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Glaucon's Challenge Breakdown of the discussion between Glaucon and Socrates from Plato's Republic The breakdown includes what both Socrates and Glaucon agree on in regards to their concept of good as well as an easy to read overview of how Glaucon argue

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Jonathan Peterson

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Thursday, February 16, 2011
Course: Introduction to Philosophy
Study Notes: Glaucon’s Challenge
Author: Plato
“Glaucon’s Challenge” From The Republic
1# (357) Glaucon and Socrates classify the 3 kinds of good and disagree on the category that fits
- Socrates’ provokes Glaucon to succeed Thrasymachus’s abandonment of the argument to
attempt to truly convince Glaucon it is better in every way to be just than unjust
- Both Socrates and Glaucon agree on certain kinds of good
1. The good for its own sake such as for joy, harmless pleasures
2. The good that comes from the sake that comes from it, health, seeing, knowledge
3. The good that comes from the rewards that comes from things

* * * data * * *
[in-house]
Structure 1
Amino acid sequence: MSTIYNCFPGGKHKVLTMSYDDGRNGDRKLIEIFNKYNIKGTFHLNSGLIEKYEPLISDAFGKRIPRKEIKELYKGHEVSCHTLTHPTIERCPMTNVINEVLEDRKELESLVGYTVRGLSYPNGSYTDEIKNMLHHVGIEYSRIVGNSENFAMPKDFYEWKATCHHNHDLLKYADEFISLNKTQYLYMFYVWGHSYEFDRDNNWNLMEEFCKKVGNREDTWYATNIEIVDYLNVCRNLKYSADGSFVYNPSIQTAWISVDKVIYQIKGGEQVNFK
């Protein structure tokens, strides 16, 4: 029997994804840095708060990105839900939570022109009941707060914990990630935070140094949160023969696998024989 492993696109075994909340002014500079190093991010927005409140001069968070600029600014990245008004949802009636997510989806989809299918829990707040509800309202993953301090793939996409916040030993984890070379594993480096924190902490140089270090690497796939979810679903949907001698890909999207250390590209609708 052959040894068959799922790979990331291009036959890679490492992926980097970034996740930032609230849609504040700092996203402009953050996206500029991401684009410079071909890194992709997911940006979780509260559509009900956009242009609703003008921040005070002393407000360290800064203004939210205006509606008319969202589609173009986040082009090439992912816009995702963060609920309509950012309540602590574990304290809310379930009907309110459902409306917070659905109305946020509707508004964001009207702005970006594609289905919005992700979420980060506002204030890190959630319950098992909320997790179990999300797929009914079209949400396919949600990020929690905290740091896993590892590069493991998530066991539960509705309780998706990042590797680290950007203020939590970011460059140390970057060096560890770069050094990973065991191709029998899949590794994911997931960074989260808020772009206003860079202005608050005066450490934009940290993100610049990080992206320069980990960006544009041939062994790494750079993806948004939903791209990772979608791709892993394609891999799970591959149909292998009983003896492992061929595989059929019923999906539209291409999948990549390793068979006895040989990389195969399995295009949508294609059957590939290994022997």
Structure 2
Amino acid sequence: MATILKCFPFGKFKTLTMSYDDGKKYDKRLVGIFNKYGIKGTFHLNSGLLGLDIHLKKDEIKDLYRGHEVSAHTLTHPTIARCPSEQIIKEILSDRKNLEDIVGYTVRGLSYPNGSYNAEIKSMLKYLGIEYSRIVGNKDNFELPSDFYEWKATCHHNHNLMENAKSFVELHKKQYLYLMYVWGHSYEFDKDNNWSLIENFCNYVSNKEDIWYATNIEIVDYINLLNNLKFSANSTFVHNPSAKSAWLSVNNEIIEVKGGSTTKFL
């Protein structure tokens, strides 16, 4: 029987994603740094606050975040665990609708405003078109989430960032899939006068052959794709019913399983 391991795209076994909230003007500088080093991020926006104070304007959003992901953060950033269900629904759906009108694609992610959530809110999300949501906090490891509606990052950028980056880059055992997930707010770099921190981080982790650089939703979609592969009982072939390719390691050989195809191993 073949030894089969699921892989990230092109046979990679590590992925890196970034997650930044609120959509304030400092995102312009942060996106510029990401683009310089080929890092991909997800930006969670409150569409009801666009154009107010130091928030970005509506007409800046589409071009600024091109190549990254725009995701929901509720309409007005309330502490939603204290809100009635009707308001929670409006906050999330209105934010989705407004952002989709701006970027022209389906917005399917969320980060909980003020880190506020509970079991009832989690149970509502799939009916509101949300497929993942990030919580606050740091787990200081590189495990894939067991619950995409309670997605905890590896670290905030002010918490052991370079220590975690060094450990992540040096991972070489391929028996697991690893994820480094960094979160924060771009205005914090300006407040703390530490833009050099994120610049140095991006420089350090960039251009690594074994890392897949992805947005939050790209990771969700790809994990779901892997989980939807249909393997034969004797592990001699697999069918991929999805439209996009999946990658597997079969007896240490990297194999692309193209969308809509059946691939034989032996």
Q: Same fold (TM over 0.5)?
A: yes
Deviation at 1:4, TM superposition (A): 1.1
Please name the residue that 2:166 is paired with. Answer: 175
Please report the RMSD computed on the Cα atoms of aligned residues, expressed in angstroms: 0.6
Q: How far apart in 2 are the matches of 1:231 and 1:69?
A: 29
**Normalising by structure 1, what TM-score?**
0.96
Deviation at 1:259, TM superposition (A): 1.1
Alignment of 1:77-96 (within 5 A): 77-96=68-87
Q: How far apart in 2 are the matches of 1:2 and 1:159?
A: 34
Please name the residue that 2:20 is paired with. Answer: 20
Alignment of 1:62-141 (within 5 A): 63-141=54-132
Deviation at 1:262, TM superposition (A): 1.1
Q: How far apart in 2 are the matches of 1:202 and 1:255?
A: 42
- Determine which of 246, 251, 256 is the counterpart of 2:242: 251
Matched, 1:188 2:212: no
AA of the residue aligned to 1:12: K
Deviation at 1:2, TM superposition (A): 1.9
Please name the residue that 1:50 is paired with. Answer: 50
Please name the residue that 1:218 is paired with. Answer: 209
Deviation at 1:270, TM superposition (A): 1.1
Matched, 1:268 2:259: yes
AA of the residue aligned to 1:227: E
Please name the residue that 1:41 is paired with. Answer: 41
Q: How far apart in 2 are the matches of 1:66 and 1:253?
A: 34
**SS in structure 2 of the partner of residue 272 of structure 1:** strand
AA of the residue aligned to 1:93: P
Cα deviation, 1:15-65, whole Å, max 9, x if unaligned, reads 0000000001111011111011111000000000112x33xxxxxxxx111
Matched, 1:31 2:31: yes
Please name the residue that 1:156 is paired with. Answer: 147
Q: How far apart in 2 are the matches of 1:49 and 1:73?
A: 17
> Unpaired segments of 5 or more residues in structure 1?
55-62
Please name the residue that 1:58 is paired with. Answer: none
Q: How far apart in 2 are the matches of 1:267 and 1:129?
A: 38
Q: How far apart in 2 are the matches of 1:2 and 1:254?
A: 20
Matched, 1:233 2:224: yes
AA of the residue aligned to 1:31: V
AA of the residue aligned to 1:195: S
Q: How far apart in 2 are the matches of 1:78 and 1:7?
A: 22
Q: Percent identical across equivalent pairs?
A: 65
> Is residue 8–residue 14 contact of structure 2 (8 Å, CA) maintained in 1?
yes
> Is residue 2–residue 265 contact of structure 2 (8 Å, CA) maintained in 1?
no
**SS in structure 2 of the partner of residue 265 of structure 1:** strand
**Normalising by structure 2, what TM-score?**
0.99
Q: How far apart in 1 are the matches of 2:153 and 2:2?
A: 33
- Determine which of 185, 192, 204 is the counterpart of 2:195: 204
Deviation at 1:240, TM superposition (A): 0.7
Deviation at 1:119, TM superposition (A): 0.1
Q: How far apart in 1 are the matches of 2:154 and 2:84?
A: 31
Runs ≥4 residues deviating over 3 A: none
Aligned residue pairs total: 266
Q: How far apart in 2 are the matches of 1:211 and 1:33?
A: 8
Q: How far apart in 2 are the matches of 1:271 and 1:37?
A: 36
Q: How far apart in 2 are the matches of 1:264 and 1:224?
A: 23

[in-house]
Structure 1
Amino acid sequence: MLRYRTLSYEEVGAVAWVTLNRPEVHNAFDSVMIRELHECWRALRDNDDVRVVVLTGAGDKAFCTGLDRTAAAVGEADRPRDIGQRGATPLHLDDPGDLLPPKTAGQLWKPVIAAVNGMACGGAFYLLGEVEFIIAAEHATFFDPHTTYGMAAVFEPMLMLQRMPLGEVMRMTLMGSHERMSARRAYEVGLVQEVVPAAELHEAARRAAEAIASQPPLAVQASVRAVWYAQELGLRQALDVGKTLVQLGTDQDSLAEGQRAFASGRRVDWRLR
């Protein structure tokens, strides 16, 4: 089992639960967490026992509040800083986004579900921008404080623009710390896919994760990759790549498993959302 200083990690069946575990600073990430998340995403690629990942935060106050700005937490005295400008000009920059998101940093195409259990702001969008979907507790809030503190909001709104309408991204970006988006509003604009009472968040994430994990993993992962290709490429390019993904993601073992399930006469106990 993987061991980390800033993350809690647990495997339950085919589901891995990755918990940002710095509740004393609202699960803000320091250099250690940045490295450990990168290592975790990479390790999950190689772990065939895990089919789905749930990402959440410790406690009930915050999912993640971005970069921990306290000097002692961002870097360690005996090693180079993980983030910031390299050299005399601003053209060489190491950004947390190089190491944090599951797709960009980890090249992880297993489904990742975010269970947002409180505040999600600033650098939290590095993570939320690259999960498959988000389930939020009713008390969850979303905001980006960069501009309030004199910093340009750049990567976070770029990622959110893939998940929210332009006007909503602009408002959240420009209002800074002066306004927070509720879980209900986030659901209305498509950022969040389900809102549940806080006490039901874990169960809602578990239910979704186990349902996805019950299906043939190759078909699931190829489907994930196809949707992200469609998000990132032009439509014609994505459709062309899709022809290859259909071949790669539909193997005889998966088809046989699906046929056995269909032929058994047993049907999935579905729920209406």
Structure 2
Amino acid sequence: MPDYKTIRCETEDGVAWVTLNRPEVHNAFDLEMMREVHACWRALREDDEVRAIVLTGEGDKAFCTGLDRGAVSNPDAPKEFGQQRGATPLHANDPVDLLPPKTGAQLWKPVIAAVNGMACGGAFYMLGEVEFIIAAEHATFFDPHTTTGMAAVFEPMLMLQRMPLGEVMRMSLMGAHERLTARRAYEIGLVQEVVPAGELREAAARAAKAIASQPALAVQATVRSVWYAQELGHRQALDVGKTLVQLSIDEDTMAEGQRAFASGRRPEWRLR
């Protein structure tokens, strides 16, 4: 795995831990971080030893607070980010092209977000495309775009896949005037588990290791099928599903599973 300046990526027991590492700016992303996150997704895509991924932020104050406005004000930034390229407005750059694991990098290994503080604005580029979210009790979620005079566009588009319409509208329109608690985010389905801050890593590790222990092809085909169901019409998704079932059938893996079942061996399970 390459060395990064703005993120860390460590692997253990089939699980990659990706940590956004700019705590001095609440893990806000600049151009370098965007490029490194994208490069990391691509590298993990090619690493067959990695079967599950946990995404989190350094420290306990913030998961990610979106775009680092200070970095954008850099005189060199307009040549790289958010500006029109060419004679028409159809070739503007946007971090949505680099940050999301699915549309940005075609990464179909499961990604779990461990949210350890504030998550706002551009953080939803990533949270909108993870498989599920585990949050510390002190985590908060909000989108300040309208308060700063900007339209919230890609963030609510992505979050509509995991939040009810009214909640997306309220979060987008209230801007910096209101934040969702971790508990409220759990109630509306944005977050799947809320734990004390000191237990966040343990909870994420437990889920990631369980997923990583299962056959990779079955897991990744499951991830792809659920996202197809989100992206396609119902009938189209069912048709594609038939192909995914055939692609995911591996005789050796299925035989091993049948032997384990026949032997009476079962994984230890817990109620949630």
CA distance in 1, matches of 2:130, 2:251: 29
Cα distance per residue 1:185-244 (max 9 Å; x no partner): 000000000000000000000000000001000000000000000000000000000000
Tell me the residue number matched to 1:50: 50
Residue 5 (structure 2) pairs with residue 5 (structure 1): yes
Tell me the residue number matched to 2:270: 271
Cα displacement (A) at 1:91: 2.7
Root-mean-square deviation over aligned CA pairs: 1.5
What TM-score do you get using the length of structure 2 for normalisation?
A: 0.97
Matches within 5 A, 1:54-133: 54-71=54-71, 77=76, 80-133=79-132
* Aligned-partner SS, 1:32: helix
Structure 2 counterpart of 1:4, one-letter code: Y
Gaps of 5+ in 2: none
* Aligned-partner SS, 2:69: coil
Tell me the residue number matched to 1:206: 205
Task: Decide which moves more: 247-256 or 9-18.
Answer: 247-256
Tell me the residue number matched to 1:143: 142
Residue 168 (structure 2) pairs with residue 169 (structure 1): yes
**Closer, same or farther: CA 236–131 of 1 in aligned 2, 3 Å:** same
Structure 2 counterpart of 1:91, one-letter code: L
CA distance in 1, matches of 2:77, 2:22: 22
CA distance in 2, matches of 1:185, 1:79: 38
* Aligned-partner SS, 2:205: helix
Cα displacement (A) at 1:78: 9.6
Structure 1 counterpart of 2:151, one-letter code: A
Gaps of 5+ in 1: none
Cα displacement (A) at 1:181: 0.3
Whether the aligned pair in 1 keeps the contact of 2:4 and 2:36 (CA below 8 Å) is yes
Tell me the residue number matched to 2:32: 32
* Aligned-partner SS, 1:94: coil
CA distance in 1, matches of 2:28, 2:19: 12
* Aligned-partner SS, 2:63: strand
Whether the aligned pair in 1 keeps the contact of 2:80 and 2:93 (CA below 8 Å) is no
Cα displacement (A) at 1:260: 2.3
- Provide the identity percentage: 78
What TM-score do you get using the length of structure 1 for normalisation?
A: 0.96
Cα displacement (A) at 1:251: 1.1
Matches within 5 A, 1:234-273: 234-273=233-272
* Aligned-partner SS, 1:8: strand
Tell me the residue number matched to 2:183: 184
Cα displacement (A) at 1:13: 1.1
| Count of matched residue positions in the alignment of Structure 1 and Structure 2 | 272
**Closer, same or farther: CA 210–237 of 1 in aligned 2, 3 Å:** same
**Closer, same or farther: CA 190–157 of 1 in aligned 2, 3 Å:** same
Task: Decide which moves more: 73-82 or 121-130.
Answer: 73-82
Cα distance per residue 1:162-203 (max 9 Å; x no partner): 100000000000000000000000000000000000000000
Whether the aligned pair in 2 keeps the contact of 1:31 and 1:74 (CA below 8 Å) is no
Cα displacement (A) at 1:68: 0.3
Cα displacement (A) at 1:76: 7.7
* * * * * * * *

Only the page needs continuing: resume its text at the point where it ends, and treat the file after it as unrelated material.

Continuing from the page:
- Socrates places justice within the same category as 1, being good for its own sake
- Glaucon disagrees and places justice within category 3, being good from what comes from it
o Glaucon states that it is practiced for the sake of the rewards and popularity that come
from it
- Glaucon defines the nature of justice and injustice
o Injustice is:
Naturally good to do
Naturally bad to suffer
The badness of suffering injustice exceeds the good of doing it
o Justice is:
An agreement between people who have suffered and done injustice
Due to the weakness of individuals they agree that they should all
decide against suffering
Is practiced unwillingly due to a lack of power to do injustice
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